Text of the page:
The Genius of John Jacobs (Part 2)
April 24, 2012 2 Comments
Author: Will Pearson @ European Tour
To mark the 40th anniversary of the first European Tour event, europeantour.com sat down with its founding father, John Jacobs OBE. In this, the second in a series of features, we look into the golfing heritage and playing career, lineage and experience that shaped the man who would go on to change the face of European golf forever.
There is a natural instinct intrinsic in sports storytelling to loiter precariously on the verge of hyperbole. When John Jacobs, so often the master of understatement, says he was born into the game of golf it is a statement of no such exaggeration.
From the very beginning Jacobs was immersed in golf through the cloth he was cut from; his family possessed unmistakable lineage in the sport, threads reaching down through the history of the game, and his upbringing would prove an environment pivotal in the moulding of a man who would go on to achieve unprecedented success in its sphere.
Born in 1925 in Lindrick, Yorkshire, Jacobs’ father Robert had died when he was just nine after never fully recovering from the effects of four long years in the trenches of France and Flanders in the First World War. ‘Bob’ Jacobs had been professional at Lindrick until his death, but before that he had been assistant to ‘old’ Tom King, professional at Royal West Norfolk Club at Brancaster, who had himself been apprenticed to the legendary figure of ‘old’ Tom Morris at St Andrews.
Jacobs was born, then, into a true line of golfing pedigree if ever there was one.
Along with his sister Pam, two years John’s senior, Jacobs was raised on a shoestring by their mother Vivien, who was Stewardess at Lindrick Golf Club, and all these years later he still remains entirely vociferous about the woman’s qualities.
He readily describes her as, “The best of the Jacobs family by miles” and “an absolute genius.” Such was her standing she was apparently known exclusively as ‘Mrs Jacobs’ and was renowned throughout Yorkshire for her clubhouse food.
And so, despite the penny-pinching, it was undoubtedly a thoroughly happy upbringing for Jacobs, who also developed a lifelong love of the outdoors in these early years thanks to his cousin Jack, professional at Lindrick following his father’s death, teaching young John the art of fly-fishing and hunting, passions he retains to this day.
Recently 87, Jacobs has embraced an imposing presence throughout his life, standing well over six feet tall, and although back problems have curtailed his physical activity somewhat in recent times he still fishes every Monday in season and reveals: “One of the best presents I ever got was a double-barrelled .410 when I was 12 or 13.”
Jacobs’ forte was never academics in school, where he claims to have been “bloody pathetic”, but he did, however, excel in sports and woodwork and it was as a 13 year old schoolboy that Jacobs experienced his most lucid of golfing epiphanies, as he recalls clearly.
“I had lost my dad four years earlier but my mother took me to The Open Championship at Royal St Georges in 1938,” he says, the delight of the memory flickering in his dark eyes. “I watched Henry Cotton play like God through the eye of one of the fiercest gales I’ve ever seen. He didn’t win, but it certainly left an impression and from then on I was hooked.”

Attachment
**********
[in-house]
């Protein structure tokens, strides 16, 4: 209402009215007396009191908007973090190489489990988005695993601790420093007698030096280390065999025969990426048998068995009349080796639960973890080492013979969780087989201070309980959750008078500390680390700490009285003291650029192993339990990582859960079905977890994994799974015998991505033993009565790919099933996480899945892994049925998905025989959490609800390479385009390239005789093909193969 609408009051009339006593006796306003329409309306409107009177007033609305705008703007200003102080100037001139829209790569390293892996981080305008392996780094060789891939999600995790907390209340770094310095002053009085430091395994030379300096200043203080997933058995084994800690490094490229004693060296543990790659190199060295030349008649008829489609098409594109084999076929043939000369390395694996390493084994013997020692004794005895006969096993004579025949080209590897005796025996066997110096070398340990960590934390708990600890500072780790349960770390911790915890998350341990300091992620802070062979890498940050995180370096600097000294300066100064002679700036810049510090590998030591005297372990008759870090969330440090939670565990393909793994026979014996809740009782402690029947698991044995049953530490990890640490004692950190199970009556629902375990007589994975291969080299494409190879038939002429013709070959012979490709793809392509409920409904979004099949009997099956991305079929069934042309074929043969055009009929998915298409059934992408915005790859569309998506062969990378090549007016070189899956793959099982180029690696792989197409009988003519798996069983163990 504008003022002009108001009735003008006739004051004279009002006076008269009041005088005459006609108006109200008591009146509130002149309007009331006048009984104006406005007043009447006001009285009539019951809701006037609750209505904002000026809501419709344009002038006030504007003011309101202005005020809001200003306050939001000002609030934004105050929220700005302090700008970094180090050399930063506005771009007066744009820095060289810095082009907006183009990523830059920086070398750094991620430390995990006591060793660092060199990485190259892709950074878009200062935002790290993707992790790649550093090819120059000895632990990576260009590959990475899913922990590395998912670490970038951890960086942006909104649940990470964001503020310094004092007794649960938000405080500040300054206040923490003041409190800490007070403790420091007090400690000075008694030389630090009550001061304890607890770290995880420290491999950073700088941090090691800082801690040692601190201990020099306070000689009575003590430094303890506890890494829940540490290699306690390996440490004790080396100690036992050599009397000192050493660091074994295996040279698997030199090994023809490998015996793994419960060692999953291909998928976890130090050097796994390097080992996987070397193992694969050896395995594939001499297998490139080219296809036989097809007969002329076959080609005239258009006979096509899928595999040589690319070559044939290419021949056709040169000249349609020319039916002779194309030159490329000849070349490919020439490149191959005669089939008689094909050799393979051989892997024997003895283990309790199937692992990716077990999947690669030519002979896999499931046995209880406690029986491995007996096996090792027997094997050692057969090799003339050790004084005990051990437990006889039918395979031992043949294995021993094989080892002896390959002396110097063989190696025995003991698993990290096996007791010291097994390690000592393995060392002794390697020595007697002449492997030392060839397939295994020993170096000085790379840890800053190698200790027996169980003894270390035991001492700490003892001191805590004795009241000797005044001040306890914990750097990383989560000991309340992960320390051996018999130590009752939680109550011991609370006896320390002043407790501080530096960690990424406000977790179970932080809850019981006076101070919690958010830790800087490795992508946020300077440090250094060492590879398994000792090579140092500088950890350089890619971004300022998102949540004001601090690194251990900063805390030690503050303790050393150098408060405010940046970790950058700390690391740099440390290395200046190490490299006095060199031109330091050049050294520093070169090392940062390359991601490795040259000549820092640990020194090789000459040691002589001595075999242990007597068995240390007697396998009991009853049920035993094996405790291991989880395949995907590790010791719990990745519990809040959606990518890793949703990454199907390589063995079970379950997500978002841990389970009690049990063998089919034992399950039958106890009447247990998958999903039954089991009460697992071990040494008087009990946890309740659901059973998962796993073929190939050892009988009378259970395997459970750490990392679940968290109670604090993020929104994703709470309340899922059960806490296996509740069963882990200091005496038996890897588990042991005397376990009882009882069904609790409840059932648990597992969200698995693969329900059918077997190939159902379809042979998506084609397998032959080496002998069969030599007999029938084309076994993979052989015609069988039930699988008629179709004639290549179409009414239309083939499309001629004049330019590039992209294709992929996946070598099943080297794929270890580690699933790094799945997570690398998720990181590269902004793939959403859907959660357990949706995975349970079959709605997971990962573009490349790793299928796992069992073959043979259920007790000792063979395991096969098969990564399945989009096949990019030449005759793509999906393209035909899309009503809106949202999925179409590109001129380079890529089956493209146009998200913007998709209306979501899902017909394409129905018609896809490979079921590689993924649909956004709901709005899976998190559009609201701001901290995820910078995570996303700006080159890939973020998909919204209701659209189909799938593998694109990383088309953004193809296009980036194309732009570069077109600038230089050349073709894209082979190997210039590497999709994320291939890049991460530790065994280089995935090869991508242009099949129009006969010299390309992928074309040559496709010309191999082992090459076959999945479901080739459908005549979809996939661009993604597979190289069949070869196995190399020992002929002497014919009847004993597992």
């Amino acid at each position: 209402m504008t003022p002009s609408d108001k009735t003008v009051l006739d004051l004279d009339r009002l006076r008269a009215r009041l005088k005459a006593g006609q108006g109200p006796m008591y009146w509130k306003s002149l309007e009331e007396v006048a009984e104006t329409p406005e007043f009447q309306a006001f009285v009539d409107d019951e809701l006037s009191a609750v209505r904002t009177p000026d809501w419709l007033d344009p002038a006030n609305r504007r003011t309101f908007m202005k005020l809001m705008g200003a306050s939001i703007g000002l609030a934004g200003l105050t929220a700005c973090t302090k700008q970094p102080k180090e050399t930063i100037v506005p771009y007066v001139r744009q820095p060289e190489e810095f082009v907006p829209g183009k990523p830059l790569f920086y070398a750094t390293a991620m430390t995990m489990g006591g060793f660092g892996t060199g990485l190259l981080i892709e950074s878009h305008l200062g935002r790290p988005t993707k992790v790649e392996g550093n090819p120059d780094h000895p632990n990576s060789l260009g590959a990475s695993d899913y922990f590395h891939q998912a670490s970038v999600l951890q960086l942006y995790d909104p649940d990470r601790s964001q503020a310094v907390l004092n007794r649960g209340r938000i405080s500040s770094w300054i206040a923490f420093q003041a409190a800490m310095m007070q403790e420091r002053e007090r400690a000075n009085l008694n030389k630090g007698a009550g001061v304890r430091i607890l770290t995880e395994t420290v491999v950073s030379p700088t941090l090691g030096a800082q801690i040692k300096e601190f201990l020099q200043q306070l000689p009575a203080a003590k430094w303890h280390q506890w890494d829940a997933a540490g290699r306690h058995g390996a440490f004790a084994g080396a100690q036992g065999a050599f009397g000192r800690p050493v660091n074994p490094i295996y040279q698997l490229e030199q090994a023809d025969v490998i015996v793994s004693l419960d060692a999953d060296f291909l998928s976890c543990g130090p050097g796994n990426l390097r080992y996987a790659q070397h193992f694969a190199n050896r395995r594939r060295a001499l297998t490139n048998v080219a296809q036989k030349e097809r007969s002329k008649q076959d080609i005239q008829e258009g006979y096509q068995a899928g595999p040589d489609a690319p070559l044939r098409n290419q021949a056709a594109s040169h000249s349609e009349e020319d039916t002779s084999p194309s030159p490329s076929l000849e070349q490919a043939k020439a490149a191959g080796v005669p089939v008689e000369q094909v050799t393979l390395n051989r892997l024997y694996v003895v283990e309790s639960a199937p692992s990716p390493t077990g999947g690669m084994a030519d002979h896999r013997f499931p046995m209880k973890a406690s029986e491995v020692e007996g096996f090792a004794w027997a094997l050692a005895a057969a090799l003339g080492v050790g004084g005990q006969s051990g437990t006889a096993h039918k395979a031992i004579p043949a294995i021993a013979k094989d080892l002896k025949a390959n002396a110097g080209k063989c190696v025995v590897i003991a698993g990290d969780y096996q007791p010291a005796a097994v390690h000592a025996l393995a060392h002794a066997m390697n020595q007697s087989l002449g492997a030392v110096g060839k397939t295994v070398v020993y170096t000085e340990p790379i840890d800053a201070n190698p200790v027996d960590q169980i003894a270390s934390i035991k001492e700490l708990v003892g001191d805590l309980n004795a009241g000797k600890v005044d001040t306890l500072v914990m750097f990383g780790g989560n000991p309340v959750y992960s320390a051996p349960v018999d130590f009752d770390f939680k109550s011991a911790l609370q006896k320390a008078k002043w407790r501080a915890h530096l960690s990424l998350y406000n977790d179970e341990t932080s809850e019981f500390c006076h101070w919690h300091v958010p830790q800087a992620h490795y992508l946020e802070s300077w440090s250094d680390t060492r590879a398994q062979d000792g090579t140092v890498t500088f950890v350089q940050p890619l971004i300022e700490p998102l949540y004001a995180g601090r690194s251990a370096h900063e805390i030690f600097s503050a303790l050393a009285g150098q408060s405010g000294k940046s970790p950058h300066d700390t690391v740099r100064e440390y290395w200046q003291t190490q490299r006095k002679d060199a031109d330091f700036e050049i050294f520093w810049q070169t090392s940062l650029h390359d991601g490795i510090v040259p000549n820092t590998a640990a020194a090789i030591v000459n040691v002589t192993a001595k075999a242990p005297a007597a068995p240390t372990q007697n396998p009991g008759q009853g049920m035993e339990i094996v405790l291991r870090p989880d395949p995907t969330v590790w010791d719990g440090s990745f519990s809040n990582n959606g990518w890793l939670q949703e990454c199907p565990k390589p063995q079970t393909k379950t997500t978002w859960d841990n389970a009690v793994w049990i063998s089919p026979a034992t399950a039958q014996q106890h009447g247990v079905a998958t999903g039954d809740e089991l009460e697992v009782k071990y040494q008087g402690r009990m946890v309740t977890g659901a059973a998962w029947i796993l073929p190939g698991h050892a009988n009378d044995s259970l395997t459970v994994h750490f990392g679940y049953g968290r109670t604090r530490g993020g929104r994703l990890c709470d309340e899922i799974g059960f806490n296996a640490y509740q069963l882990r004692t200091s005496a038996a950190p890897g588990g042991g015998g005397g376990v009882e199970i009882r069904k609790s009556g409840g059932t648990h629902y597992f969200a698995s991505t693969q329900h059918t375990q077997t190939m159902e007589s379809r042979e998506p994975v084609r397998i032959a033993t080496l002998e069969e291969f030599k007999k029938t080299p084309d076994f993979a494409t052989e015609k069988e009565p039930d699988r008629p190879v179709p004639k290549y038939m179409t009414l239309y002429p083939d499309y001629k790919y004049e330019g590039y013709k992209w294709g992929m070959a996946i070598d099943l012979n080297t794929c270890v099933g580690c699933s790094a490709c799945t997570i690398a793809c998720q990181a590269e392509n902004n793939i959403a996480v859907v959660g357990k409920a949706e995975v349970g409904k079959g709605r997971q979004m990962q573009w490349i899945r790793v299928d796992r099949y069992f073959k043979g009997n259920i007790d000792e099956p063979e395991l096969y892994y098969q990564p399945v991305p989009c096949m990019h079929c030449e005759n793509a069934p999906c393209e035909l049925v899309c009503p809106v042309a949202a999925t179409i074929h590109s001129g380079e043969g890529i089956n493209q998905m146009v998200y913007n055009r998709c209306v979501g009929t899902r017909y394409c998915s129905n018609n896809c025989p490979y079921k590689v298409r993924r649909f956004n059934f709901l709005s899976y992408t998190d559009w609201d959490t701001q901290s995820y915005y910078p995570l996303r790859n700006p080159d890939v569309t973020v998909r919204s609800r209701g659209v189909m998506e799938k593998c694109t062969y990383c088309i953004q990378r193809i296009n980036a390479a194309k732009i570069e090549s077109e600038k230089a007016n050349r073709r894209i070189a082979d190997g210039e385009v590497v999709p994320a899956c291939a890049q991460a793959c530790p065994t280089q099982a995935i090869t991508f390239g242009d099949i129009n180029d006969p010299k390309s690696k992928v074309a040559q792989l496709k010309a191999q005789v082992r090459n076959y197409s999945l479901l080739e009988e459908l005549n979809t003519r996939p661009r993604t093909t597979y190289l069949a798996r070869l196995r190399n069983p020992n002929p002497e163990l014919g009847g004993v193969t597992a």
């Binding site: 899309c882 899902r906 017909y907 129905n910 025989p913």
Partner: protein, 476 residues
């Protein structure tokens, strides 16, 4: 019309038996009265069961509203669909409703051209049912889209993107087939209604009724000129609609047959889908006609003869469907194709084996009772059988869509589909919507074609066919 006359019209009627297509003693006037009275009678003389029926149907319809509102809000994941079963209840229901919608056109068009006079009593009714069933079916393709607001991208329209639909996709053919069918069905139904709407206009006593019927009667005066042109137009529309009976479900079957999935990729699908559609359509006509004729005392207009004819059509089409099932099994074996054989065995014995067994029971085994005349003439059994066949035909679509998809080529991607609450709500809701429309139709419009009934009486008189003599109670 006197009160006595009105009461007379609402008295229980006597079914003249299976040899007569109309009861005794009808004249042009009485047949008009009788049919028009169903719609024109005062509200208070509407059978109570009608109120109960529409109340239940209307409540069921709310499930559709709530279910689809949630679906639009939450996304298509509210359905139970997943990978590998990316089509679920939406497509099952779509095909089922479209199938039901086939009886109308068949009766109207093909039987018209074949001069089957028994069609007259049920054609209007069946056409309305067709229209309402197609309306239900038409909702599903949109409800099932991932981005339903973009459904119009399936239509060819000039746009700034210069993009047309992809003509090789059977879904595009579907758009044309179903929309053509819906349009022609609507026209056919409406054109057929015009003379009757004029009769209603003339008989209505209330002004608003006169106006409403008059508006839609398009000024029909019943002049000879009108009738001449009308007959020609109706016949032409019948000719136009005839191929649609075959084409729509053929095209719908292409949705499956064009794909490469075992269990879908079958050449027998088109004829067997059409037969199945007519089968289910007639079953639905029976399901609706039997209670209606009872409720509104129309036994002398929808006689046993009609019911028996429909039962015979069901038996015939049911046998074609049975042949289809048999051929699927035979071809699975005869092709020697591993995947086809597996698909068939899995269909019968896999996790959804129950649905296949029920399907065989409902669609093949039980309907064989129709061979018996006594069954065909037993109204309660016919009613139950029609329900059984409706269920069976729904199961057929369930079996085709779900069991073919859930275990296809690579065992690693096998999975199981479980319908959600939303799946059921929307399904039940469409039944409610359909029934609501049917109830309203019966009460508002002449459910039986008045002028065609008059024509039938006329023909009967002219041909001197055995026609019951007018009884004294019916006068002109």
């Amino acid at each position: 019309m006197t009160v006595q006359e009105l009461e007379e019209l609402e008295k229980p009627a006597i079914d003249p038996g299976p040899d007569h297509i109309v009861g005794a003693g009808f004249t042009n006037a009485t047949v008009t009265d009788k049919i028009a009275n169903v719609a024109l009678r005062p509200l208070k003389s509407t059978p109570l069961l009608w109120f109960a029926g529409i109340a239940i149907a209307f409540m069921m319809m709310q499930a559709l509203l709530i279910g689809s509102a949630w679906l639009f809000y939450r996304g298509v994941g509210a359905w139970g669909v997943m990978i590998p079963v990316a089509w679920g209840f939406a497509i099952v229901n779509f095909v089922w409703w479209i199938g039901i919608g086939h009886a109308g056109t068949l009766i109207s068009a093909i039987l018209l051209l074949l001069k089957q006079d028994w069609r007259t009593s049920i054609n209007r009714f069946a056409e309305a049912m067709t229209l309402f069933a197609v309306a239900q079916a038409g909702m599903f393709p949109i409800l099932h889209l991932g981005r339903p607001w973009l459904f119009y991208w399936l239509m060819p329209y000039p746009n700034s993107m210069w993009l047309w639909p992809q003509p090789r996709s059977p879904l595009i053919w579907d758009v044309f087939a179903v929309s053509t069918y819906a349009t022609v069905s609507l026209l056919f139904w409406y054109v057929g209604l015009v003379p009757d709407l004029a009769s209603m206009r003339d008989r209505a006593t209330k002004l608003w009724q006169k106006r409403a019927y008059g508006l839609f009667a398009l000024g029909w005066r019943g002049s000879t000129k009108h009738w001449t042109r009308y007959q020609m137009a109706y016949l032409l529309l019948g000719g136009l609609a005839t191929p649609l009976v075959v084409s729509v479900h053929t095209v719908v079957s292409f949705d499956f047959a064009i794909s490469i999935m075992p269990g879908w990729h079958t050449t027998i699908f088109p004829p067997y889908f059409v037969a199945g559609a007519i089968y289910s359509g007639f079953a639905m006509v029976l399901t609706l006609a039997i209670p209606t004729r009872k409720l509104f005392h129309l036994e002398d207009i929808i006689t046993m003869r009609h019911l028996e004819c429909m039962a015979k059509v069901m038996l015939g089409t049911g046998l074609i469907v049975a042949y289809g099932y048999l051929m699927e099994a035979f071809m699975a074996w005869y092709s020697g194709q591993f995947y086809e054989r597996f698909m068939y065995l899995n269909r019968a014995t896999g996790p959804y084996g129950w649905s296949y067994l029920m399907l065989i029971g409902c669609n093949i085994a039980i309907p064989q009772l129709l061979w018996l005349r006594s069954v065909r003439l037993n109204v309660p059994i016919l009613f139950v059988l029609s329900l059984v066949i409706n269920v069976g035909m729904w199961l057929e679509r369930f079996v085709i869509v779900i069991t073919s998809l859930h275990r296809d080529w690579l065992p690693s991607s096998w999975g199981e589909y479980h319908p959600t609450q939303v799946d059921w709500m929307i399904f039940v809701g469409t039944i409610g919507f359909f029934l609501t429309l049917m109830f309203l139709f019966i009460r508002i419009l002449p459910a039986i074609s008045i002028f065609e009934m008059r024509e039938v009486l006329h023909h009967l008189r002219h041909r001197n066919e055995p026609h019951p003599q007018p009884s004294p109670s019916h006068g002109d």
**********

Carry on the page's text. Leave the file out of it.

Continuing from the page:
Jacobs graduated through Royal Air Force training during the latter stages of the Second World War and in spite of not going into active service he was earmarked as officer material, an early indicator of the skills in leadership that would come to the fore so spectacularly during his establishment of The European Tour in the early 1970s.
During his spell years in the RAF Jacobs met his future wife, Rita Wragg, and decided instantaneously that “she was the one for me” and after he was demobilised from the RAF in 1947 he secured his first paid job in golf as an assistant to Hallamshire professional Willie Wallis.
Wallis was a “wonderful club maker,” he says, and it was at Hallamshire where Jacobs began to teach and put his schoolboy woodwork skills to use slaving over a vice shaping clubfaces during the long and chilly winter months. “I loved it though,” he says.
After marrying Rita in 1949, Jacobs made the bold decision as a 24 year old to move with his new wife to Cairo, Egypt, to take on the professional’s job at Gezira Sporting Club. It was a high-pressure environment in which his teaching flourished but he soon missed the thrill of the few competitive events he had played in England. (He did play some exhibition matches in Cairo, notably one in 1951 with five-times Open Champion Peter Thomson during his first excursion out of Australia.)
Nevertheless, Jacobs still attests the decision to up sticks was a sound one, and says: “It was the best decision I ever made in my golf career. When I came back to Britain after shouldering all that responsibility, almost any normal situation seemed easy to cope with.”
Indeed, it was in dramatic circumstances that Jacobs left Cairo to return to British shores, amidst the Egyptian Revolution of 1952, but the experience proved an important juncture in Jacobs’ life.
“We were very lucky to get out of Egypt when the whole place blew up,” he reflects. “They burnt down Shepherds Hotel, we had tanks in Gezira Sporting Club, it was mayhem. But get out we did and afterwards I said to Rita, ‘I’m not going to get a job darling, I’m going to play’, and so I played.”
Jacobs used the rest of 1952 to reacclimatise himself back into tournament golf in Britain, playing much of the-then April to September season and with it putting together a handful of top 12 finishes. To be competing again after his time in Egypt provided him with a welcome boost, and in December of that year he took on the role of professional at Sandy Lodge, just to the north west of London – a job he would remain in throughout his 11 or so years of successful tournament play.